Time to refresh NZ’s long-term strategy

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New Zealand needs to refresh its broad economic strategy to focus on the weightless economy and the potential of the food sector, as the impact of Covid-19 on our economy hits home.

That’s one of the recommendations from Sir Peter Gluckman, Director of Koi Tū: The Centre for Informed Futures, in his keynote address Covid-19 and beyond: Contextualising our decision making at the ANZ-KangaNews New Zealand Capital Markets Forum today.

Sir Peter says New Zealand’s highest income sectors – tourism, export education and agriculture – are threatened by long-term challenges, and it was unrealistic to return to a pre-Covid ‘business as usual’ mindset.

“This is a challenging climate in which we collectively need to make decisions; not just over the next few months but perhaps over the next decade.”

Over the past three months, Koi Tū – a think tank and research centre at the University of Auckland – has produced eight reports with input from 100 industry and academic leaders, exploring the implications of Covid-19. The reports cover New Zealand’s place in the world, protecting mental health, enhancing social cohesion, the environment, the future of food, and the effects of the digital divide during lockdown.

Sir Peter acknowledged much of the focus must remain on managing the Covid-19 pandemic. However, he called for a renewed discussion on New Zealand’s longer-term strategy, with actions and policies that would support long-term economic growth and social development, in alignment with the Sustainable Development Goals.

He says too many issues remain in the “too hard basket” such as transgenerational disadvantage, our bicultural and multi-ethnic nature, water and land use, our low productivity and a narrow view of our economic future.

“Around the world the call for a post-Covid reset has focused on the green economy, climate change, environmental degradation and social progress. There is no doubt that New Zealand will follow this path. This means we need a major reset of our key industries.”

He says a global shift against carbon-intensive goods and services will over time heavily affect tourism and ruminant-based agriculture.

“The primary and food sector is again dominating our economy but it needs to evolve to be environmentally much more sensitive and conscious of future market trends.”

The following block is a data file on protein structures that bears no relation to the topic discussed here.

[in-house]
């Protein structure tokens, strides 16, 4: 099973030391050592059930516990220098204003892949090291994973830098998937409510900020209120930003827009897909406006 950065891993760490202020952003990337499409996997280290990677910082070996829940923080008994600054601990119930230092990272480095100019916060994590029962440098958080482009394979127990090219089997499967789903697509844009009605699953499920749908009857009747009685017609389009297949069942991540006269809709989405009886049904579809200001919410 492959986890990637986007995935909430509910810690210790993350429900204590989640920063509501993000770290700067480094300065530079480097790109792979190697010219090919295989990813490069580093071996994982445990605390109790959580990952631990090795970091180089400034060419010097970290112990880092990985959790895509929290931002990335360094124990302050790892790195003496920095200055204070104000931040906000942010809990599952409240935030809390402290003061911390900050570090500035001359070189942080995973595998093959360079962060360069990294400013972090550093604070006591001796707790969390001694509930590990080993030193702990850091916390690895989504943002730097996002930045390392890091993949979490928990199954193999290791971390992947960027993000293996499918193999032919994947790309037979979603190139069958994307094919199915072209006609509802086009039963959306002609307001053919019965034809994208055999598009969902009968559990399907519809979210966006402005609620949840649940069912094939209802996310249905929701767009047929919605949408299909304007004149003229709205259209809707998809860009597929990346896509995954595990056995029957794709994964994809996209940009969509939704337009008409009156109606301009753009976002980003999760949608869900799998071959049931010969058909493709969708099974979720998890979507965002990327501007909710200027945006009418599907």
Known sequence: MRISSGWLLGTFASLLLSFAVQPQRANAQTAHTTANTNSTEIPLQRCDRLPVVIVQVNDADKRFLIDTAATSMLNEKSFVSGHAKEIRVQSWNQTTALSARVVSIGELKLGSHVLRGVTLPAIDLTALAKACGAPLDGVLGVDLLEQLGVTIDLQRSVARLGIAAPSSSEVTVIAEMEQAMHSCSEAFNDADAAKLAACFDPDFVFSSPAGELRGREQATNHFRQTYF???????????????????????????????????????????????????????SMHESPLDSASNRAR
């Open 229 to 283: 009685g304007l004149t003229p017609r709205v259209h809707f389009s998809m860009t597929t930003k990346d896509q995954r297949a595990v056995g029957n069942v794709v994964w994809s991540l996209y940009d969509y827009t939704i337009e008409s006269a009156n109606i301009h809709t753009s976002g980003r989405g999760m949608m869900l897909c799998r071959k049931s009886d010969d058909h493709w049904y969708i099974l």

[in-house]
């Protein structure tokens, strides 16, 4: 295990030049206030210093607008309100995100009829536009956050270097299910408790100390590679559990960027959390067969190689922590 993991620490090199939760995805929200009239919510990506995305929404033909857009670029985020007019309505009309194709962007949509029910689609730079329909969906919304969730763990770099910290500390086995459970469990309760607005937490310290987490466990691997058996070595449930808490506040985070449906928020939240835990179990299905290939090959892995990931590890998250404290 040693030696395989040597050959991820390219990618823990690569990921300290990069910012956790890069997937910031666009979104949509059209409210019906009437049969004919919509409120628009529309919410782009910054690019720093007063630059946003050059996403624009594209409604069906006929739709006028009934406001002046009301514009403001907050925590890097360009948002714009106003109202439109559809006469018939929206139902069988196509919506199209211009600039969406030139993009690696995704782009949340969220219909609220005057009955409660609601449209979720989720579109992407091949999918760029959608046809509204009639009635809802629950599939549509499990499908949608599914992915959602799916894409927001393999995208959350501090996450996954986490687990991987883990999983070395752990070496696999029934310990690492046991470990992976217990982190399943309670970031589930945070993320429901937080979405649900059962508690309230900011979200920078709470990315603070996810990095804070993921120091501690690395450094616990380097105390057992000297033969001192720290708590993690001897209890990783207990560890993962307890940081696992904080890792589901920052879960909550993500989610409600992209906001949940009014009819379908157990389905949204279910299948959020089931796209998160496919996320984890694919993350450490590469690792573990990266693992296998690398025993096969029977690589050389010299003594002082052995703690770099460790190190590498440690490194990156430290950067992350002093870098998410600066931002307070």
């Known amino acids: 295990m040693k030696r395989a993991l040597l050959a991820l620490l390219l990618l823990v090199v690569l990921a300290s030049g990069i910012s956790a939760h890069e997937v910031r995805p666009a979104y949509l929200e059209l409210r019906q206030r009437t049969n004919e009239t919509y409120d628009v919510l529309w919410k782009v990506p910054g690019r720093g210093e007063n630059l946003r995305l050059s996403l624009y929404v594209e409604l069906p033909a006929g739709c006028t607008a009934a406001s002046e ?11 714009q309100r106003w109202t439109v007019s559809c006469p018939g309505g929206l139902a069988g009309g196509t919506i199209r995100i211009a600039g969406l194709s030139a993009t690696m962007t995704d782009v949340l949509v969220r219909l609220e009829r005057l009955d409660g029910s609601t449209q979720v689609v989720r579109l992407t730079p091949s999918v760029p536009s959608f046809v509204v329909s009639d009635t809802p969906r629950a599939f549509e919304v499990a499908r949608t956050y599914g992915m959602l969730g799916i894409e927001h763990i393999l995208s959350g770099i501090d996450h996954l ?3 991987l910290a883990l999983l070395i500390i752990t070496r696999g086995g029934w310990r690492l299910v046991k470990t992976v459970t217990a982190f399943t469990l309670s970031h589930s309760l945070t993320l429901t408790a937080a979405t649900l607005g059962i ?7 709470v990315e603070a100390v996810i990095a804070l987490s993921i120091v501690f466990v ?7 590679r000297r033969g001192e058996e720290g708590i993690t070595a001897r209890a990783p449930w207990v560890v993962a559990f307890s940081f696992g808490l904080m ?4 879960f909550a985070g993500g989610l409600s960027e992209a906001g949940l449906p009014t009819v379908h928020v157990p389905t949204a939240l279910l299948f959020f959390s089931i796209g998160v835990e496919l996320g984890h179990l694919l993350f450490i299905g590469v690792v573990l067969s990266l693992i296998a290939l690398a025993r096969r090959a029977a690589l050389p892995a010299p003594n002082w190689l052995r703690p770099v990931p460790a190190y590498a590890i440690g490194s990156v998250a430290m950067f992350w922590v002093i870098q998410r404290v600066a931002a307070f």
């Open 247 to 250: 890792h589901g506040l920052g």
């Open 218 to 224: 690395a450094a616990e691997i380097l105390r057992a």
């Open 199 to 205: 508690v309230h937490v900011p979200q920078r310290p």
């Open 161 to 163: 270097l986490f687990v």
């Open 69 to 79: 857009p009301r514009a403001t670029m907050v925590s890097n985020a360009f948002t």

He says the food sector could create a unique brand strategy by capitalising on New Zealand’s high international profile, commitment to sustainability, social cohesion and our distinctive bicultural story.

“We need to make necessary changes now, rather than to have changes effectively imposed on us through a sudden loss of markets with environmentally conscious trading partners.”

Meanwhile, the pandemic will accelerate the move globally to quality online learning, which may over time limit New Zealand’s long-term export education opportunities.

“Our most important asset will be knowledge and the weightless economy. Yet building this asset will require new strategies and much more than the rather limited efforts made by successive governments,” he says.

Sir Peter says cities are “hubs of innovation” and in order for New Zealand to attract and retain people and capital, Auckland must be able to compete with Melbourne, Sydney, Singapore and London.

He says many of our businesses are already pushing the frontiers of new ideas and processes in the IT, medical, agritech and manufacturing sectors. While the innovation sector is growing fast, scale up is much harder.

“We are yet to reach a critical mass of labour and capital that catalyses further entrepreneurship and creates capacity to market globally and earn at scale.”

He says multinational corporations account for the vast majority of private research and development around the world and are core to global innovation systems – yet New Zealand has the lowest density of these in the OECD.

“We need to work hard to take advantage of our reputational positioning to attract serious entrepreneurial activity to New Zealand.”

Sir Peter says universities play a central role in the knowledge economy, both in the creation of new ideas and processes, and in creating the next-generation workforce.

“World-ranked universities act as magnets for talent and private industry. Silicon Valley would not exist without Stanford University. Efforts must be made to have at least one globally high-ranked university here.”

He says greater public sector investment in research and development is core to economic growth, as well as positive environmental and social outcomes.

Sir Peter says the impact of Covid-19 has created an incentive to rethink our path ahead and to find ways to discuss the complex issues and appreciate the tradeoffs involved.

“How can we sustain and transform our economy in ways that allow our social and environmental futures to flourish? Any shift will take time and needs a coordinated strategy agreed across many sectors of government and society.”

You can read the full speech here.

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